Passive, Nonlinear, Mechanical Structures for Seismic Attenuation

[+] Author and Article Information
Riccardo DeSalvo

LIGO Laboratory,  California Institute of Technology, Pasadena, CA 91125desalvo@ligo.caltech.edu

J. Comput. Nonlinear Dynam 2(4), 290-298 (Jan 10, 2007) (9 pages) doi:10.1115/1.2754305 History: Received October 18, 2005; Revised January 10, 2007

Gravitational wave detectors aim to detect strain perturbations of space-time on the order of 10211022 at frequencies between 1Hz and a few kHz. This space-time strain, integrated over kilometer scale interferometers, will induce movements of suspended mirrors on the order of 10181019m. Seismic motion in this frequency band varies between 106m and 1012m. Required seismic attenuation factors, as large as 1012, by far exceed the performance of motion sensors, and are only obtained by means of a chain of passive attenuators. High quality springs in configurations yielding nonlinear response are used to generate attenuation at low frequency. Similarly, nonlinear mechanisms are used in the horizontal direction. A description of some of these systems and some of the technical challenges that they involve is presented.

Copyright © 2007 by American Society of Mechanical Engineers
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Figure 1

Sketch of the GAS mechanism. At the working point (top sketch) the vertical spring S supports the weight of the payload. The two opposite springs A are compressed, and their forces cancel. Moving out of the working point (bottom sketch) the opposing forces of the A springs do not cancel completely, generating a vertical component proportional to the displacement from the working point, the anti-spring force. The opposing springs may be mechanical or magnetic.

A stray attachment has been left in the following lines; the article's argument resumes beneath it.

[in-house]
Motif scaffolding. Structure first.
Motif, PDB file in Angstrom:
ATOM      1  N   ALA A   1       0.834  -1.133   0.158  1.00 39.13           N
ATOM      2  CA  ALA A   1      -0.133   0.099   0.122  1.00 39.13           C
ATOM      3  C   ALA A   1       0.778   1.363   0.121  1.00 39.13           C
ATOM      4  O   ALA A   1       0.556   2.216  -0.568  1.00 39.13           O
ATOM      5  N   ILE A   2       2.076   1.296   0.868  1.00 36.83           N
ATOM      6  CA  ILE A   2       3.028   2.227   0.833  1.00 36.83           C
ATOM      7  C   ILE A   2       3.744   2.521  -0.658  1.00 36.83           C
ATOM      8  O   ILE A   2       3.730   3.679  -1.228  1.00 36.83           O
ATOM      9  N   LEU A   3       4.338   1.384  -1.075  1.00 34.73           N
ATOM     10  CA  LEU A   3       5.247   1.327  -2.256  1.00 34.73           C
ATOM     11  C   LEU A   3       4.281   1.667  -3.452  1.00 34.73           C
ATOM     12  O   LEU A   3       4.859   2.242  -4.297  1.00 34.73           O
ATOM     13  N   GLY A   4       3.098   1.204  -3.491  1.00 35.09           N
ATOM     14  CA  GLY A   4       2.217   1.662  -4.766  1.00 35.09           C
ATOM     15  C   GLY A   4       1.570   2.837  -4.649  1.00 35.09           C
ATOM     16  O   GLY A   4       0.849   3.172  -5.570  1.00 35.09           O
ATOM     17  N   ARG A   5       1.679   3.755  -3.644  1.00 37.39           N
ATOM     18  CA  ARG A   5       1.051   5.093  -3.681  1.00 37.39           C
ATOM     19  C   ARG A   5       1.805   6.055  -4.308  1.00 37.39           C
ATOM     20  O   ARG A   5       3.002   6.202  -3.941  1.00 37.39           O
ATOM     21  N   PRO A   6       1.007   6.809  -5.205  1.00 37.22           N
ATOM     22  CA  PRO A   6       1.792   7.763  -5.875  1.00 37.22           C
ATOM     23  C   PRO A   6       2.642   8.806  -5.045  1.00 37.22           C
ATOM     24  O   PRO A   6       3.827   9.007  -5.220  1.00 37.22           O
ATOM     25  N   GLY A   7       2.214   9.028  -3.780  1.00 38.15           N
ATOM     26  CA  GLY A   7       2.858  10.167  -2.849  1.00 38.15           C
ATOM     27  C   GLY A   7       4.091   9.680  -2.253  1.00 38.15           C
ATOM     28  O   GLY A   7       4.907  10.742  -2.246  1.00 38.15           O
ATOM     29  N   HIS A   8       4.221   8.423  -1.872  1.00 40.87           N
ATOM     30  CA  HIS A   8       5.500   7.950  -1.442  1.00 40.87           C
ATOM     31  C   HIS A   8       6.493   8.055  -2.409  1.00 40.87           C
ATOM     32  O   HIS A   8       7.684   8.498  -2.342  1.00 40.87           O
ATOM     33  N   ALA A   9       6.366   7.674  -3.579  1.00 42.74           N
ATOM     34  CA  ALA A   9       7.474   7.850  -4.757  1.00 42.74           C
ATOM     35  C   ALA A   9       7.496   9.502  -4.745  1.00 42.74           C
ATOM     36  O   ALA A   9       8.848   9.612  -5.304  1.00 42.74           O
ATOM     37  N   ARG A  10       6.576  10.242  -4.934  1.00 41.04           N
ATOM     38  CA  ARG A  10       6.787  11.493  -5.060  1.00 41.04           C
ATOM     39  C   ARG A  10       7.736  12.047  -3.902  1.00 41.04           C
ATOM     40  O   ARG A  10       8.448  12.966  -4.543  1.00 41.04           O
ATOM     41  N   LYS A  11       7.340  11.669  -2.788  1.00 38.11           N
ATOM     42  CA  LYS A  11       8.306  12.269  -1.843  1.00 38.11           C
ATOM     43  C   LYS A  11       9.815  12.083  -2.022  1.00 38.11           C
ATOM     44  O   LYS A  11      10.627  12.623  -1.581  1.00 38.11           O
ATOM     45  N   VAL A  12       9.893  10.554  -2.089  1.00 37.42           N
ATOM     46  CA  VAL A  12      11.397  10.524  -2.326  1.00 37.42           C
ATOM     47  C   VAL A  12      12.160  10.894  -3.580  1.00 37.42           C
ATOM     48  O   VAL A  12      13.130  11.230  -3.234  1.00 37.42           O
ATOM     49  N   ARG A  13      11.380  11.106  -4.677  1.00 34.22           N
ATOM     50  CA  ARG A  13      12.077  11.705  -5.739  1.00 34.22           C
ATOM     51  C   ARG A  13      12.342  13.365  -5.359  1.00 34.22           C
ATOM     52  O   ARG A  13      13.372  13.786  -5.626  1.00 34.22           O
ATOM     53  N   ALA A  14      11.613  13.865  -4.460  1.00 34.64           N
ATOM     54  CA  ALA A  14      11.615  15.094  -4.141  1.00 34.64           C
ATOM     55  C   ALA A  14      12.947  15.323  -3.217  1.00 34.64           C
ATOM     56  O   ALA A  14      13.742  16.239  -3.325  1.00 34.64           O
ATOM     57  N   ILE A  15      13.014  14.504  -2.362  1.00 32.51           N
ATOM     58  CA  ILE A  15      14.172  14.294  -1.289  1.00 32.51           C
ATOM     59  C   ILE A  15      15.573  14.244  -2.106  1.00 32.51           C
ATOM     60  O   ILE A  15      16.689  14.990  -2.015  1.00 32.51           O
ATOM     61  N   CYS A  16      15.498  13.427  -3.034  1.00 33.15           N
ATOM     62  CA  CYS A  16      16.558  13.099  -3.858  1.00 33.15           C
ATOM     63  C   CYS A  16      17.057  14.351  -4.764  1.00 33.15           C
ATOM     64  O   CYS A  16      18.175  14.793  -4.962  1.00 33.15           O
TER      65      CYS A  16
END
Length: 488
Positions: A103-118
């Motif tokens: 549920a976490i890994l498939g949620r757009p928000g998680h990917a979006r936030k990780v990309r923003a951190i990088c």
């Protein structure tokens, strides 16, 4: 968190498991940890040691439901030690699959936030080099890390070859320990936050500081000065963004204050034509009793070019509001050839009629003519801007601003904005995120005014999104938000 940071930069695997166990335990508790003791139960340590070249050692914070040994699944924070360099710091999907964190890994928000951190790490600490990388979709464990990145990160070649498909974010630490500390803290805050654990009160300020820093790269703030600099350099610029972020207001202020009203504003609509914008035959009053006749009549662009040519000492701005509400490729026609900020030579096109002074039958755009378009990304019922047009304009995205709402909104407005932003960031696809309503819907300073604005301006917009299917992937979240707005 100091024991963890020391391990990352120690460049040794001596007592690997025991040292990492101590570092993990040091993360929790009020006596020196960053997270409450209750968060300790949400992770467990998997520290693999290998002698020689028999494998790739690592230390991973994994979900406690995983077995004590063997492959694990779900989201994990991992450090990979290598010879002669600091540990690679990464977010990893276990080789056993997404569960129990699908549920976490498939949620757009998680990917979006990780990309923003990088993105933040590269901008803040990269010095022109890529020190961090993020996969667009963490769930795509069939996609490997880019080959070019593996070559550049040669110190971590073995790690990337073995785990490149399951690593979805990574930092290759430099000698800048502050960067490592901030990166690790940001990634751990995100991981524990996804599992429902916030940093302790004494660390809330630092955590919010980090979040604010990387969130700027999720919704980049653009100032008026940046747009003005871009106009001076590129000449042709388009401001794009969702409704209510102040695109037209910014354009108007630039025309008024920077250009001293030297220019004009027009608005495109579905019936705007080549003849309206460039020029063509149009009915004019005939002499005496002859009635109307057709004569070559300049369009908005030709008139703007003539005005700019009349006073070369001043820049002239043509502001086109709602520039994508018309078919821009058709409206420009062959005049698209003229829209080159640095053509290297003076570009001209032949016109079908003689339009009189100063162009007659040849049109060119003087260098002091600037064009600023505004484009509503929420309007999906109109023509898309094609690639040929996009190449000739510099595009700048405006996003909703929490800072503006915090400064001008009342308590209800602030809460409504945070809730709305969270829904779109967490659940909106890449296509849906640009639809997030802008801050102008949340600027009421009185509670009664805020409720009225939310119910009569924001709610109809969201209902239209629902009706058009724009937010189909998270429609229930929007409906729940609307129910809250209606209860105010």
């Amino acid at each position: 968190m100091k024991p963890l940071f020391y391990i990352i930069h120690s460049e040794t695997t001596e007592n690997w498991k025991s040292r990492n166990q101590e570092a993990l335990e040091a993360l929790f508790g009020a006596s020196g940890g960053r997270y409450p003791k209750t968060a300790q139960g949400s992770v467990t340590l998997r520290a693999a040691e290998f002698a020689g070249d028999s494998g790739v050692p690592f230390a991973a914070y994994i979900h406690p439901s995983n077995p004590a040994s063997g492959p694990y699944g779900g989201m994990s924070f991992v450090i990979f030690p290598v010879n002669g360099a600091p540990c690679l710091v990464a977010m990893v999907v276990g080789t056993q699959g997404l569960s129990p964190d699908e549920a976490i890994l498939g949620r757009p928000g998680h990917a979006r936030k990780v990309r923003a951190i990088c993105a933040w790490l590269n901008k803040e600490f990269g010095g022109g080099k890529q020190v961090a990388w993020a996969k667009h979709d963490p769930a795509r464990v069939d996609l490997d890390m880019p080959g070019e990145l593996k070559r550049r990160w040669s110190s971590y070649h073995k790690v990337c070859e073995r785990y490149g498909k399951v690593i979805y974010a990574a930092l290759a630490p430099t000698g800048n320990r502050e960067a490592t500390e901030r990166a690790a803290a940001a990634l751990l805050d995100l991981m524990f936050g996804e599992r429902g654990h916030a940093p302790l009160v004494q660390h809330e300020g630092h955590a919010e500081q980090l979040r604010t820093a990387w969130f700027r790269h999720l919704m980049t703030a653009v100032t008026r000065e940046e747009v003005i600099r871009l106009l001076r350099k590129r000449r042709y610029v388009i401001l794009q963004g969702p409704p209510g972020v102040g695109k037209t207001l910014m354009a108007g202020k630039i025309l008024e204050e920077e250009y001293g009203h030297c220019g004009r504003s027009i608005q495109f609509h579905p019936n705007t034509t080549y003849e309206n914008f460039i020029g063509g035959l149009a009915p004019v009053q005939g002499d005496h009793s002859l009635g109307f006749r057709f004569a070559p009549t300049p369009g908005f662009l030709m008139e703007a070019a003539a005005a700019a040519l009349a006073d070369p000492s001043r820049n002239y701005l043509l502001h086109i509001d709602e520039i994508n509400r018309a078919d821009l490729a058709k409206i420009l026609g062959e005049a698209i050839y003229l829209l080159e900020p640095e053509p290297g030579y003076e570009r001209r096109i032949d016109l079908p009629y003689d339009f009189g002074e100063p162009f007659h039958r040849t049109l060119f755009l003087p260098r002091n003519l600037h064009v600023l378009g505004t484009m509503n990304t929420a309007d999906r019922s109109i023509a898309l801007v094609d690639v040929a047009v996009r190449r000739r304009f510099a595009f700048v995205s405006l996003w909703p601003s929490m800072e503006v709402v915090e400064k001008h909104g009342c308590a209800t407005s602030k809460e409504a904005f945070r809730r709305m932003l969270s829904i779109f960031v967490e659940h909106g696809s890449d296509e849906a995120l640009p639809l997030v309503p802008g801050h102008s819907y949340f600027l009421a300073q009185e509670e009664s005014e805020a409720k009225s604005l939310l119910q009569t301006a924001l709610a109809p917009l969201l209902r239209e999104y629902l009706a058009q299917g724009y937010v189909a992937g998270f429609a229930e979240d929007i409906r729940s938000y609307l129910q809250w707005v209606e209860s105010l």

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Figure 14

Design of a prototype, in-vacuum, passive seismic attenuation system for the advanced LIGO HAM optical tables. Visible inside the vacuum chamber (1), between the support beams (2) and the optical bench (3) is the SAS attenuation structure. The IP legs (4) provide the horizontal isolation. They are formed by a thin aluminum tube connected to the base structure through a stiff flex joint (4b), which provides the angular rigidity, and to the vertical stage through a soft flexure (4a). The vertical stage is formed by four GAS filters (5). Each GAS filter is provided with a LVDT position sensor and a voice coil actuator (6) mounted coaxially on the same support tube. These four sensor-actuator pairs provide the means for vertical positioning and control. Similarly four pairs of sensor actuators (7) allow horizontal controls. The insert shows a side view of a pair of sensor actuators The LVDT primary coil (7b) and the actuator magnetic yoke (7c) are mounted on the moveable part, while the LVDT primary coil (7a) and actuator coil (7d) are connected to ground. The static horizontal positioning of the optical bench is provided by stepper motors (8), driving micrometric sleds, acting on parasitic springs. Similarly, in the vertical direction (9), the columns (10) are safety structures providing earthquake stops.

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Figure 13

One of the four GAS springs forming the last vertical attenuation stage for the TAMA mirror test masses. The beginning of a second spring is visible on the right.